House Approves $42.8 Billion FY '10 Homeland Security Act

October 2009
Defense Daily;10/16/2009, Vol. 244 Issue 11, p4
Market Research Report
The article reports that on October 15, 2009 the U.S. House approved the 42.8 billion dollars financial year 2010 Homeland Security Appropriations Act by a 307-114 vote. The measure was put together and agreed to in the second week of October 2009 by negotiators from the House and Senate who worked out differences in their respective bills to fund the Department of Homeland Security in financial year 2010.


Related Articles

  • TURF WARS OVER DHS MAY RESUME. Wodele, Greta // National Journal;7/23/2005, Vol. 37 Issue 30, p2382 

    Focuses on the possible disagreement between the U.S. House and Senate Committee and the Department of Homeland Security following the announcement of the plan of Secretary Michael Chertoff to reorganize the agency. Proposed changes to be made in the agency; Significance of Chertoff's proposal...

  • Border Bill Approved in House. Cohen, Richard E.; Smallen, Jill; Mitchell, Charlie // National Journal;9/16/2006, Vol. 38 Issue 37, p51 

    The article reports on the approval of a bill to construct a fence along the southern border of the U.S. to prevent illegal immigration and drugs by the U.S. House of Representatives. The congressional Republicans will authorize key border-security priorities. House Majority Leader John Boehner...

  • Landrieu Decries House Cuts To DHS S&T, Grants. Biesecker, Calvin // Defense Daily;6/22/2011, Vol. 250 Issue 59, p3 

    The article reports that U.S. Senator Mary Landrieu, chairman of the Senate Appropriations Homeland Security Subcommittee, has criticized the House's version of the bill to fund the department in fiscal year 2012 for unjustified cuts in science and technology programs. Landrieu showed his...

  • House, Senate Conferees Agree To Accelerate Deepwater Program. DiMascio, Jen // Defense Daily;9/27/2006, Vol. 231 Issue 58, p1 

    The article reports on the decision of the U.S. House and Senate to approve a conference report that permits the U.S. Department of Homeland Security to spend $34.8 billion for fiscal year 2007 that includes emergency funding to accelerate the Deepwater program of the U.S. Coast Guard. According...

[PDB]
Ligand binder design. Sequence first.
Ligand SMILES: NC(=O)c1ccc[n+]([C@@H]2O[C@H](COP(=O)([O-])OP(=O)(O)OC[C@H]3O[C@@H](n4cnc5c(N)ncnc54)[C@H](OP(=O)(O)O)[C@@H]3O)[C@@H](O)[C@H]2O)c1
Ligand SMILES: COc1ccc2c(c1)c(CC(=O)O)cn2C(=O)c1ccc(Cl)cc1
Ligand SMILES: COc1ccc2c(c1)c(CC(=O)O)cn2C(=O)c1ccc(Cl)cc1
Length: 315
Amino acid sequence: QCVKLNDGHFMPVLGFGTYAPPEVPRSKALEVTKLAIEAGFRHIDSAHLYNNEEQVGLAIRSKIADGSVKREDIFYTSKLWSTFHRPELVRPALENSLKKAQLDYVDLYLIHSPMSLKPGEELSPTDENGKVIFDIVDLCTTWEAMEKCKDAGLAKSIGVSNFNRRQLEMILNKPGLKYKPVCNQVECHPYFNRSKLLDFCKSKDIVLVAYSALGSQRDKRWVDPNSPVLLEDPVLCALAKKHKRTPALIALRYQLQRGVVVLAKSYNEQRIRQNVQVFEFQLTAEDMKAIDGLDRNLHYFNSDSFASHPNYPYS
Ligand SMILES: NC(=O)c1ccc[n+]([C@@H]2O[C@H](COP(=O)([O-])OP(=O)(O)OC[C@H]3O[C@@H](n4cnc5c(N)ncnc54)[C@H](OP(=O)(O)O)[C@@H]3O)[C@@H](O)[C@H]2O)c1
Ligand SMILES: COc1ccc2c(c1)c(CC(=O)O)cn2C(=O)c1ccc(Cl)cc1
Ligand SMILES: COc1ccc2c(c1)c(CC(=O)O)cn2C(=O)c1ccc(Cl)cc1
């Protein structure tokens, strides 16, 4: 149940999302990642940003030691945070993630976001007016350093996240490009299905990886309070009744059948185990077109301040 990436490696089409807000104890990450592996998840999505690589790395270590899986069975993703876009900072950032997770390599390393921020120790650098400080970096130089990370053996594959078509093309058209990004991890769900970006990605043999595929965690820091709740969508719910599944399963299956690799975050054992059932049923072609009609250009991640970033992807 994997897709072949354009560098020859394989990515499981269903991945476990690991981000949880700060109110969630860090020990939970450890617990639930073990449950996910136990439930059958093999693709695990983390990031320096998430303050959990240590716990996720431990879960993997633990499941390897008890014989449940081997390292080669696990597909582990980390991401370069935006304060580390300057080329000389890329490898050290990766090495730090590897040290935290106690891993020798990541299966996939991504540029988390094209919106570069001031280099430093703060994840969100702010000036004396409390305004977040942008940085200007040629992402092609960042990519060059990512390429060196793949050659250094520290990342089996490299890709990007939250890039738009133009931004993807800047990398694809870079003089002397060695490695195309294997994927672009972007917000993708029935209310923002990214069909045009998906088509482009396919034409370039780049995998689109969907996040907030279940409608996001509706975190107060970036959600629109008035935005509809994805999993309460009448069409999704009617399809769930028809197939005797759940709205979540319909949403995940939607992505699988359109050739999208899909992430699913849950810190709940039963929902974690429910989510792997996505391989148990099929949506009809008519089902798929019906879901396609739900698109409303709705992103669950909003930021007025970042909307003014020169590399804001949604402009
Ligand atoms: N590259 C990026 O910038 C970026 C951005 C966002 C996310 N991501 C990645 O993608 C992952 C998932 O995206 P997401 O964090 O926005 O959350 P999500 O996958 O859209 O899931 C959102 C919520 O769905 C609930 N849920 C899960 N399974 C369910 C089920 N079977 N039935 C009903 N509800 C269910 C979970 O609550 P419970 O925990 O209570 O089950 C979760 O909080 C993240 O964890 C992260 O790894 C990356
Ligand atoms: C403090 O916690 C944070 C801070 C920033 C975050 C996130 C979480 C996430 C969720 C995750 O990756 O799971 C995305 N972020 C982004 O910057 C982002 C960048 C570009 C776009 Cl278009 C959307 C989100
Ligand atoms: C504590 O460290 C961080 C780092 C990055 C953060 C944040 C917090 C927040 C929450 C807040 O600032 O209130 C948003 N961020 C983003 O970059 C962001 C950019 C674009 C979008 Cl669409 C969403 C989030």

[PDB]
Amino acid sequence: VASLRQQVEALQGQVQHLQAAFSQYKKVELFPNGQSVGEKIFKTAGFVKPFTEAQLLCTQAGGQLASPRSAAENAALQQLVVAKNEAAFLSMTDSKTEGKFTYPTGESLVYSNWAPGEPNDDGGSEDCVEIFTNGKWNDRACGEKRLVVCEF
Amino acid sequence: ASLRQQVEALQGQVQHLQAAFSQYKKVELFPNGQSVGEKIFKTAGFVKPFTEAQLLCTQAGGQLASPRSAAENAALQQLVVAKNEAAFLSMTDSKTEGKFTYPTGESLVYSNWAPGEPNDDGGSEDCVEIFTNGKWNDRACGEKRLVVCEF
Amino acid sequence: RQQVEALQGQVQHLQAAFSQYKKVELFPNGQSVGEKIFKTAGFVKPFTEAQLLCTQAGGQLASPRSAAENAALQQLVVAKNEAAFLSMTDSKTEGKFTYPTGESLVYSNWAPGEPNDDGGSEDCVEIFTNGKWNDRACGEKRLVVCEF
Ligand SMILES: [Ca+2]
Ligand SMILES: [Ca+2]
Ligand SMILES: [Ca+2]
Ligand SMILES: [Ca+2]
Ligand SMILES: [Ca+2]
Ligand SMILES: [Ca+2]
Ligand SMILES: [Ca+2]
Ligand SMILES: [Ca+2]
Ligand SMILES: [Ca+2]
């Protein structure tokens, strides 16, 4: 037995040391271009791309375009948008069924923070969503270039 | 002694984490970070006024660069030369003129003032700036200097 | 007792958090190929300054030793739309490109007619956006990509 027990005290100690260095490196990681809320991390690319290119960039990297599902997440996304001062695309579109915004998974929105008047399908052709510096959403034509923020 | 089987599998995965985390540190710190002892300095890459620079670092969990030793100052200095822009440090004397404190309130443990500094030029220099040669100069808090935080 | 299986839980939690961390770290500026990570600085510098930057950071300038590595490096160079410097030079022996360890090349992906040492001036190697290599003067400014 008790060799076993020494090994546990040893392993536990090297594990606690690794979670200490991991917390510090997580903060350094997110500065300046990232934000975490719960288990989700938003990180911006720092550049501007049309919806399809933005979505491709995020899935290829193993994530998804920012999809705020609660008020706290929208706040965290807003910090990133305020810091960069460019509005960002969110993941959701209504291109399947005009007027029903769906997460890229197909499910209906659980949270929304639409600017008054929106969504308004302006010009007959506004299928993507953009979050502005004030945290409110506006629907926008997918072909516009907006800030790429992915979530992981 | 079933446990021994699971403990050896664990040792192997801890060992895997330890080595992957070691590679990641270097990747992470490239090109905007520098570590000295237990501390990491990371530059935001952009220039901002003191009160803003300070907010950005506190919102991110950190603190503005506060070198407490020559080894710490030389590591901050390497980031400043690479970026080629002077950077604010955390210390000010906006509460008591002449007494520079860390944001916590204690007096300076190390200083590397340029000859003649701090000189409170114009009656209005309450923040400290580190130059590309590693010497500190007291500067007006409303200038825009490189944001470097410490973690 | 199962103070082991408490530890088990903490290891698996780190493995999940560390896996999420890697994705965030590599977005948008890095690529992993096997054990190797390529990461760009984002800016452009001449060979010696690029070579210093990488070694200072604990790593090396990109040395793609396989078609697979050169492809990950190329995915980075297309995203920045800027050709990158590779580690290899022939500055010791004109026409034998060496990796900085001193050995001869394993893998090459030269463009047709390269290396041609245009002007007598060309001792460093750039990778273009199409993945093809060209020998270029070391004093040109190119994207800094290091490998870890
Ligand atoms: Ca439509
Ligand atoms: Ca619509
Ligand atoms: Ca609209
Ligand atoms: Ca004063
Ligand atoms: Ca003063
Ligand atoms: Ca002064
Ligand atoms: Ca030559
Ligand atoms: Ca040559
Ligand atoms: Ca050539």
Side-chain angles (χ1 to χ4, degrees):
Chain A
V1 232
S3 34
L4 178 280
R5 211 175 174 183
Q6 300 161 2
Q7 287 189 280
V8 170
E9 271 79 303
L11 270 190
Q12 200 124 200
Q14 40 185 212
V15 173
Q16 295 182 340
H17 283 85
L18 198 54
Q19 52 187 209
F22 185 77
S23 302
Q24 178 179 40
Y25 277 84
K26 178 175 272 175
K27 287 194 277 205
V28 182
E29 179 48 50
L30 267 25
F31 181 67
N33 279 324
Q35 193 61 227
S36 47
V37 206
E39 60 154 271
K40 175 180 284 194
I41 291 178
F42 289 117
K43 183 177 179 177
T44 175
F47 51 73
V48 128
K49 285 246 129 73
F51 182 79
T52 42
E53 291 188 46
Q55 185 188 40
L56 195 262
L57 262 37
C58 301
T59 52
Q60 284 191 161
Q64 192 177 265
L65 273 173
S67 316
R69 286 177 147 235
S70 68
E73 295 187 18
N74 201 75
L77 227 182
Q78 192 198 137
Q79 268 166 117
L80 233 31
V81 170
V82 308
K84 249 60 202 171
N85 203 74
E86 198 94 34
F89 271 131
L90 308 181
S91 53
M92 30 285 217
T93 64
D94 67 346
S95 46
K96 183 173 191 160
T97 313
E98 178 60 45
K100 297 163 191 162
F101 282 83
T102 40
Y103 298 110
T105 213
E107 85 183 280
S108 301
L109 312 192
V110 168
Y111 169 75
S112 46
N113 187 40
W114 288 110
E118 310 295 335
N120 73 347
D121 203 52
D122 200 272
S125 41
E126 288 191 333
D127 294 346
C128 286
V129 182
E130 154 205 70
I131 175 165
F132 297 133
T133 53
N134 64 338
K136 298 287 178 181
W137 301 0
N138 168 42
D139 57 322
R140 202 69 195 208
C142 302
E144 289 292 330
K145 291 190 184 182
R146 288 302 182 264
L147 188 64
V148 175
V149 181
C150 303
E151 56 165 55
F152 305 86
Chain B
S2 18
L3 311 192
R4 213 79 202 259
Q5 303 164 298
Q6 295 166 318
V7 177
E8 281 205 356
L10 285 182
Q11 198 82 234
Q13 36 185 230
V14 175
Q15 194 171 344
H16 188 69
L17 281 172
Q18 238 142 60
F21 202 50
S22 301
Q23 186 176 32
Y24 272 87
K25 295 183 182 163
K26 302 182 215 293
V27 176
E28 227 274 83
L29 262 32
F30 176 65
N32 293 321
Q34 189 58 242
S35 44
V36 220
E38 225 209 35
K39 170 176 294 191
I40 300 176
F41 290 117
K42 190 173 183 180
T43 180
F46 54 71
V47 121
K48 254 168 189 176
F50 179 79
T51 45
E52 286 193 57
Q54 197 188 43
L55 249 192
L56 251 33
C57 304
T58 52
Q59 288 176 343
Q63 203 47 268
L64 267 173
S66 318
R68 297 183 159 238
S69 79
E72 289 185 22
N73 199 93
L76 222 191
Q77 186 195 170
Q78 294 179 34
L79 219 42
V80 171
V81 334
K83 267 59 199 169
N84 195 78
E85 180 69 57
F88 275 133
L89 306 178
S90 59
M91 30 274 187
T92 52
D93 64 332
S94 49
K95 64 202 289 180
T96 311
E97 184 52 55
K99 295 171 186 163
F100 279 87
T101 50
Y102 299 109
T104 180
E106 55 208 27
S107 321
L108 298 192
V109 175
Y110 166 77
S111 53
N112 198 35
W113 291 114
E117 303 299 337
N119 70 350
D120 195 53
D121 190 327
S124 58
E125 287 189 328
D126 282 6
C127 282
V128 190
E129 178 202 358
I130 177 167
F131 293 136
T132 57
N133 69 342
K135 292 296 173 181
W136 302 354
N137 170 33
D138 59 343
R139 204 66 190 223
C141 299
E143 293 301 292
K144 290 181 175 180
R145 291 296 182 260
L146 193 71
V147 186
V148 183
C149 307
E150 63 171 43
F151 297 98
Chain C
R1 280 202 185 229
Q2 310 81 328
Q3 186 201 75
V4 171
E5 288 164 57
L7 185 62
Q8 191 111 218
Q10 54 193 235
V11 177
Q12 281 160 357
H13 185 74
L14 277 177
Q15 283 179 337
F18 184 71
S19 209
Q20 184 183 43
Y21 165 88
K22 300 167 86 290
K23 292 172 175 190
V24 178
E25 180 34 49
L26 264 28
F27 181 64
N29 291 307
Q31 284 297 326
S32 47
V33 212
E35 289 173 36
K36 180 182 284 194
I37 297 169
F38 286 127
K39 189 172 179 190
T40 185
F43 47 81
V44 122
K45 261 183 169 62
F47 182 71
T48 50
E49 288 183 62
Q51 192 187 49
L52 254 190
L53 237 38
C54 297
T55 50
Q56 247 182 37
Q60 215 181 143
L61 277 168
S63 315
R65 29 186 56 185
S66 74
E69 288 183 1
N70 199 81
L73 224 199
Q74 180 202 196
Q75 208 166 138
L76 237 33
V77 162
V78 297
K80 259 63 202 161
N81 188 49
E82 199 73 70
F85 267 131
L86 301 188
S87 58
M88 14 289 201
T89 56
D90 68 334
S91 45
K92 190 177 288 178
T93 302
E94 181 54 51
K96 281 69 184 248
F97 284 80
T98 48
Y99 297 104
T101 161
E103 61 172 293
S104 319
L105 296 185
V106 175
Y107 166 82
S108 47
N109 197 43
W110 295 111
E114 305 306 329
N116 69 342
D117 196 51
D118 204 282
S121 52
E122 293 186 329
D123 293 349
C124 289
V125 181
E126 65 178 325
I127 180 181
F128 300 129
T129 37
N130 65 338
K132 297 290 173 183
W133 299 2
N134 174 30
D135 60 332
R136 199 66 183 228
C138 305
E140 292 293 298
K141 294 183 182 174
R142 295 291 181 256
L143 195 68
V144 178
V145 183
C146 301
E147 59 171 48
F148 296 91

• US CONGRESS SET TO ADVANCE ANTI-TERRORIST MEASURES FOR CHEMICAL SITES. Kamalick, Joe; Gibson, Jane // ICIS Chemical Business;10/2/2006, Vol. 1 Issue 37, p20 

    The article reports on a spending bill approved by the U.S. Senate and House members that aims to establish a federal mandate for chemical plant site security in the U.S. 2006. The bill gives the U.S. Department of Homeland Security the authority to set and enforce anti-terrorism site security...

  • Appropriations Committee OKs $33.1 Billion. Sanchez, Humberto // Bond Buyer;6/18/2004, Vol. 348 Issue 31908, p4 

    Reports on the approval of the spending package for fiscal 2003 for the U.S. Department of Homeland Security by the Senate Appropriation Committee. Inclusion of the budget for the emergency response personnel; Efforts of the committee to balance the needs of the department with the threats that...

  • CONGRESSIONAL UPDATE. ABBOTT, THOMAS M.; SLATTUM, KEVIN J. // Contract Management;Nov2012, Vol. 52 Issue 11, p86 

    The article offers information several U.S. congressional legislation related to contract management introduced in September 2012. It says that the "Continuing Appropriations Resolution 2013" was signed into law by U.S. President Barack Obama on September 28, 2012, which will provide continuing...

  • CAPITAL BRIEFS.  // Navajo Times;7/23/2009, Vol. 48 Issue 29, pA2 

    The article offers news briefs related to legislations in the U.S. The Navajo Nation Council has overridden president Joe Shirley Jr.'s veto for the establishment of a Navajo Community Development Financial Institute. The leaders in the Senate and the House are both busy on the confirmation of...

  • Review of the Legislative Process.  // Digest (South Dakota Dietetic Association);Nov2014, p5 

    The article presents a review of the legislative process in the U.S., ranging from bill introduction to presidential signature. It notes that legislation may be initiated in either the House of Representatives or the Senate, however revenue, appropriations and tax bills must originate in the...


Read the Article


Sorry, but this item is not currently available from your library.

Try another library?
Sign out of this library

Other Topics